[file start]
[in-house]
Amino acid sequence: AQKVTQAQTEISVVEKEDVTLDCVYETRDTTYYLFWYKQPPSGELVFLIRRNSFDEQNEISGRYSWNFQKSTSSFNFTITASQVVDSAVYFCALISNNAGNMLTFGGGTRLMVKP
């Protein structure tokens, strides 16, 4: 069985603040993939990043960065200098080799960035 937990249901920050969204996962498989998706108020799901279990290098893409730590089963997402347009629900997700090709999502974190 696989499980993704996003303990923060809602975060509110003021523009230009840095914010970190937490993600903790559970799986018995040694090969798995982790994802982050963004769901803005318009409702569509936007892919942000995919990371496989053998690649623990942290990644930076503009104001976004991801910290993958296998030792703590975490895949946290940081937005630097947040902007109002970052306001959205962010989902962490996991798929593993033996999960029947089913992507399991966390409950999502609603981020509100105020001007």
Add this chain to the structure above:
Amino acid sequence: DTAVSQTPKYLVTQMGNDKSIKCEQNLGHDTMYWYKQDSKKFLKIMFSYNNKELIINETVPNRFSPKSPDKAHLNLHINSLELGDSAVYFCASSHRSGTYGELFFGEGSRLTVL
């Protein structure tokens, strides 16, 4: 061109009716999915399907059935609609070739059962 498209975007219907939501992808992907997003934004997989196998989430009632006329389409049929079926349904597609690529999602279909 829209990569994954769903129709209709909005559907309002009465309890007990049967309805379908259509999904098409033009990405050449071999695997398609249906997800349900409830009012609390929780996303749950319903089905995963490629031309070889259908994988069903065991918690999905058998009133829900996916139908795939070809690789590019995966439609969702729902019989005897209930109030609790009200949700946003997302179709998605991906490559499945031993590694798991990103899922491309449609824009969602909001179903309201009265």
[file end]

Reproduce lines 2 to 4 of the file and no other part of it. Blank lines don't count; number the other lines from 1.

Amino acid sequence: AQKVTQAQTEISVVEKEDVTLDCVYETRDTTYYLFWYKQPPSGELVFLIRRNSFDEQNEISGRYSWNFQKSTSSFNFTITASQVVDSAVYFCALISNNAGNMLTFGGGTRLMVKP
């Protein structure tokens, strides 16, 4: 069985603040993939990043960065200098080799960035 937990249901920050969204996962498989998706108020799901279990290098893409730590089963997402347009629900997700090709999502974190 696989499980993704996003303990923060809602975060509110003021523009230009840095914010970190937490993600903790559970799986018995040694090969798995982790994802982050963004769901803005318009409702569509936007892919942000995919990371496989053998690649623990942290990644930076503009104001976004991801910290993958296998030792703590975490895949946290940081937005630097947040902007109002970052306001959205962010989902962490996991798929593993033996999960029947089913992507399991966390409950999502609603981020509100105020001007």
Add this chain to the structure above: